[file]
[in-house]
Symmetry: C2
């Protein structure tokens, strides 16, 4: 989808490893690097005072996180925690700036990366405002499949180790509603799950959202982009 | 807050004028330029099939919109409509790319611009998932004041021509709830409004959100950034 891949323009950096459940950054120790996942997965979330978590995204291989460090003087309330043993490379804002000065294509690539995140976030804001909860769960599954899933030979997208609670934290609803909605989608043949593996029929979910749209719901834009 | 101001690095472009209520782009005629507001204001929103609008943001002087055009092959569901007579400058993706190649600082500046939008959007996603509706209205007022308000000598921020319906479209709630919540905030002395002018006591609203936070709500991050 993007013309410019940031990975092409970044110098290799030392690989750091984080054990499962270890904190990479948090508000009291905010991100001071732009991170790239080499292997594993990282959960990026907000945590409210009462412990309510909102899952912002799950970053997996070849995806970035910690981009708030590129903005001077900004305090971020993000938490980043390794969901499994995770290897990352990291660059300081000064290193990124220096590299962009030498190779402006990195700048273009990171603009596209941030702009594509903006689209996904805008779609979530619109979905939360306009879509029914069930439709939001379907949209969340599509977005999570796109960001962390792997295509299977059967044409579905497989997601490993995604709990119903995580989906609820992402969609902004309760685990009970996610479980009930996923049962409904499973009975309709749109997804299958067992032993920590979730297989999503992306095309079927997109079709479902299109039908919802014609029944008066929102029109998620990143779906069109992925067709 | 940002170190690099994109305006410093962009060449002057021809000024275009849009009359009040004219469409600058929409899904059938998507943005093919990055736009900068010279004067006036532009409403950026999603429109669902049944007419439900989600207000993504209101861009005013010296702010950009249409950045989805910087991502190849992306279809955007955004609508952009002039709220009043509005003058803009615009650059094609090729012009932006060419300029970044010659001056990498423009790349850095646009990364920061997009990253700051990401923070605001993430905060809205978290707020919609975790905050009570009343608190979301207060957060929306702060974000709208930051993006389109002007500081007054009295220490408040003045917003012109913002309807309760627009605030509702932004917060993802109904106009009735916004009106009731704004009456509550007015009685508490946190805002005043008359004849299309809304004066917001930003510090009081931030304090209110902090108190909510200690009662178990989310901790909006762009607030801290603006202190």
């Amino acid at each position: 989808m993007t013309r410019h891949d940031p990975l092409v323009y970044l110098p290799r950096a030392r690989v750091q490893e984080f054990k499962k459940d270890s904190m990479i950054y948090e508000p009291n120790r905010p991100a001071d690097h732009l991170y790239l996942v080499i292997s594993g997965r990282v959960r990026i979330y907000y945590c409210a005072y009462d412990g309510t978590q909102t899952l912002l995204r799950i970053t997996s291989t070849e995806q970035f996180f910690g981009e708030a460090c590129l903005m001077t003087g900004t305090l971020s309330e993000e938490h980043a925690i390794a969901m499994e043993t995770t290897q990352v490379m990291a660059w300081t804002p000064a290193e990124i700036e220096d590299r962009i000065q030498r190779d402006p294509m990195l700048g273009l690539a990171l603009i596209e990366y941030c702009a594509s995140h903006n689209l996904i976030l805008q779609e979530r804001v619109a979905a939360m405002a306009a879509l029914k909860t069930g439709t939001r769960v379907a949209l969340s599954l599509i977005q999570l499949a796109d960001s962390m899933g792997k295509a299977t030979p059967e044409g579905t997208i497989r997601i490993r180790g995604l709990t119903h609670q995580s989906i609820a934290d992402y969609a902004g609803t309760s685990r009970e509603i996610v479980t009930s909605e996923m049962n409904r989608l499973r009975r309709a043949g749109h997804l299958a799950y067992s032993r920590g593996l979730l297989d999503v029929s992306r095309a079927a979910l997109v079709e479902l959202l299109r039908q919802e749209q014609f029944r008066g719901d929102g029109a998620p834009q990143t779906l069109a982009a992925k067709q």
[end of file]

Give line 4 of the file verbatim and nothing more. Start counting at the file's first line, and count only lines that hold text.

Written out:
């Amino acid at each position: 989808m993007t013309r410019h891949d940031p990975l092409v323009y970044l110098p290799r950096a030392r690989v750091q490893e984080f054990k499962k459940d270890s904190m990479i950054y948090e508000p009291n120790r905010p991100a001071d690097h732009l991170y790239l996942v080499i292997s594993g997965r990282v959960r990026i979330y907000y945590c409210a005072y009462d412990g309510t978590q909102t899952l912002l995204r799950i970053t997996s291989t070849e995806q970035f996180f910690g981009e708030a460090c590129l903005m001077t003087g900004t305090l971020s309330e993000e938490h980043a925690i390794a969901m499994e043993t995770t290897q990352v490379m990291a660059w300081t804002p000064a290193e990124i700036e220096d590299r962009i000065q030498r190779d402006p294509m990195l700048g273009l690539a990171l603009i596209e990366y941030c702009a594509s995140h903006n689209l996904i976030l805008q779609e979530r804001v619109a979905a939360m405002a306009a879509l029914k909860t069930g439709t939001r769960v379907a949209l969340s599954l599509i977005q999570l499949a796109d960001s962390m899933g792997k295509a299977t030979p059967e044409g579905t997208i497989r997601i490993r180790g995604l709990t119903h609670q995580s989906i609820a934290d992402y969609a902004g609803t309760s685990r009970e509603i996610v479980t009930s909605e996923m049962n409904r989608l499973r009975r309709a043949g749109h997804l299958a799950y067992s032993r920590g593996l979730l297989d999503v029929s992306r095309a079927a979910l997109v079709e479902l959202l299109r039908q919802e749209q014609f029944r008066g719901d929102g029109a998620p834009q990143t779906l069109a982009a992925k067709q």